AR-15s becoming firearm of choice

Colt AR-15
Colt AR-15 (Public Domain photo)

It’s no secret that gun sales across the country have skyrocketed over the last eight years.

In 2013, U.S. arms manufacturers produced 10.8 million firearms, up from 5.4 million in 2010, according to the Bureau of Alcohol, Tobacco, Firearms, and Explosives. Before 2008, there were never more than 4.4 million firearms produced domestically for commercial sales in a single year.

The numbers are staggering.

According to information released from Cabela’s, it is obvious the lion’s share of sales can be attributedĀ to the runaway popularity of AR-15 rifles, most often referred to as assault or tactical style rifles.

Cabela’s, a major player in the retail national gun market, claims that reliable sources estimate there are now somewhere in the neighborhood of 500 manufacturers of AR-15s today, when less than 30 existed in 2000. That aloneĀ proves the combined power of marketing and buyer demand.

Of course, some of this was exacerbated by the 10-year federal assault weapons ban that expired in 2004. The threat of further gun control measures has also fueled massive spikes in both AR-15 sales and prices in recent years.

Perhaps the fire sale has lost its spark. According to Cabela’s, the market has slowed considerably in recent months and AR-15s are now plentiful and in price ranges that fit every budget.

Colt still king

Despite many companies manufacturing what the casual gun buyer refers to as an AR-15, Colt is the original and primary manufacturer. The company name is often spoken in the same sentence with the mention of AR-15 rifles, which are the semi-automatic civilian version of the fully automatic M16 used by U.S. military and NATO forces.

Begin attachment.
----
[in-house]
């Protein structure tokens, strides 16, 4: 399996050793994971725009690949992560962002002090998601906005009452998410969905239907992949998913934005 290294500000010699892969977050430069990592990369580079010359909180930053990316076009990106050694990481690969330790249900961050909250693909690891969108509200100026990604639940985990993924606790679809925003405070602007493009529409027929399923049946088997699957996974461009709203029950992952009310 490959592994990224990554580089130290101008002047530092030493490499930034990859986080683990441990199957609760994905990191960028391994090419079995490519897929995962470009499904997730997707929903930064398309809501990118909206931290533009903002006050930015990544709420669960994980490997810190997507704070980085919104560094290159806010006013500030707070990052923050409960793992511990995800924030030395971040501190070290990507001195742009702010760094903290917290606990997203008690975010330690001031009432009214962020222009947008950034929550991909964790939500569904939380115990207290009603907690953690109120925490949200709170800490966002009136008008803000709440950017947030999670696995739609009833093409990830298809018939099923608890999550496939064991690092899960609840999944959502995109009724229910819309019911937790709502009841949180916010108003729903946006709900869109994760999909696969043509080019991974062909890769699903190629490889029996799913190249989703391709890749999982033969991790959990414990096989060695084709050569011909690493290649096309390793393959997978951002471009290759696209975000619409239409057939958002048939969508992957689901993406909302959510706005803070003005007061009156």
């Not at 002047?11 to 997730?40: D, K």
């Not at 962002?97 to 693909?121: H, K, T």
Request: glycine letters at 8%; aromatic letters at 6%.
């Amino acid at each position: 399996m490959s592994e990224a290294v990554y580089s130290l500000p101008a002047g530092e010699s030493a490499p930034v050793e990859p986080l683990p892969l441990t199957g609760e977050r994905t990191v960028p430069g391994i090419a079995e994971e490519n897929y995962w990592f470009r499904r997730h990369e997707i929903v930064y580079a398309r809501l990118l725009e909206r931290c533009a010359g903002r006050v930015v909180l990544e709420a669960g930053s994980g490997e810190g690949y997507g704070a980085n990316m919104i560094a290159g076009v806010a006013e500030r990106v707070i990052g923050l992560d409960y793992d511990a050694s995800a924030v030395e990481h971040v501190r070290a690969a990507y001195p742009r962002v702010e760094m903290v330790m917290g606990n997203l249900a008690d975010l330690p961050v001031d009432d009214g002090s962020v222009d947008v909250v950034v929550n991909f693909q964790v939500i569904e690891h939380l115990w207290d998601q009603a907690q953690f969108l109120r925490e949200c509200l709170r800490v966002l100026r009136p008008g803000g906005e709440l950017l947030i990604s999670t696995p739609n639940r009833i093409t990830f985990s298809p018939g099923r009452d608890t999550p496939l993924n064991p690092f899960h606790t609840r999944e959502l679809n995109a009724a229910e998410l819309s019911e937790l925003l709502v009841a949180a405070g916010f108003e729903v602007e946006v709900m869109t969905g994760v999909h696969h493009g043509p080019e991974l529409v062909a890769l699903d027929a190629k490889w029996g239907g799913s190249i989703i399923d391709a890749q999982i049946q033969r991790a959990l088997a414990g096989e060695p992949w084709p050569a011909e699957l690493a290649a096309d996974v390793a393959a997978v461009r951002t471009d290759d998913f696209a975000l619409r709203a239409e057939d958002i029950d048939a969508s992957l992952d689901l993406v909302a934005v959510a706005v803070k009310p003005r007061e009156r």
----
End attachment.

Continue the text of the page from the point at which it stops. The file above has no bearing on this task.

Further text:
According to information published from Cabela’s, AR-15 wannabes need to be informed shoppers. The most common AR-15 chamber is the .223 Remington. Some prefer the Mil-Spec 5.56 chamber, as it can safely fire both .223 and 5.56 NATO ammunition.

Though some AR-15 newbies will tell you this works the other way around as well, it’s not a good idea.

Granted, 5.56 will shoot through the .223 chamber, the higher pressure of the previous and smaller chamber of the latter can cause numerous issues, with the worst possible outcome being a cracked upper receiver.

When purchasing an AR-15, make certain the barrel is properly stamped — do not take a gun seller or manual’s word for it.

Not automatic

AR-15s are popular because of their versatility and accuracy. The political term “assault rifle” is inaccurate to describe the AR-15, since it is not fully automatic. AR-15s are sports rifles that are no more powerful than other rifles of the same caliber.

AR style rifle owners report superior accuracy and dependable performance. AR popularity is evident in publications featuring hunting, target, and other competitive shooting.

Most people think of AR-15s solely as self-defense weapons. But because of their versatility, they are one of the best hunting rifles on the market.

It’s about the barrel

Experts suggest that you think of rifling in an AR-15 barrel, think of throwing a football with that perfect spiral. The rifling, or twist, inside the barrel is what causes the bullet to spin and ultimately be more accurate when shot.

Twist rates for AR-15s typically range from 1:7 to 1:12; the latter meaning the bullet spins one full rotation through 12 inches of barrel.

Several brands of AR style rifles are nothing less than a custom assembly of interchangeable parts from several manufacturers or sources.

Indeed, the AR style rifle has become the most popular modern firearm.


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Mike Tontimonia has been writing weekly columns and magazine features about the outdoors for over 25 years, a career that continues to hold the same excitement for him as it did at the beginning. Mike is a retired educator, a licensed auctioneer and marketing consultant. He lives in Ravenna, Ohio and enjoys spending time at his Carroll County cabin. Mike has hunted and fished in several states and Canada from the Carolinas to Alaska and from Idaho to Delaware. His readers have often commented that the stories about his adventures are about as close to being there as possible. He is past president of the Outdoor Writers of Ohio and a member of the Outdoor Writers Association of America. Mike is also very involved in his community as a school board member and a Rotarian.



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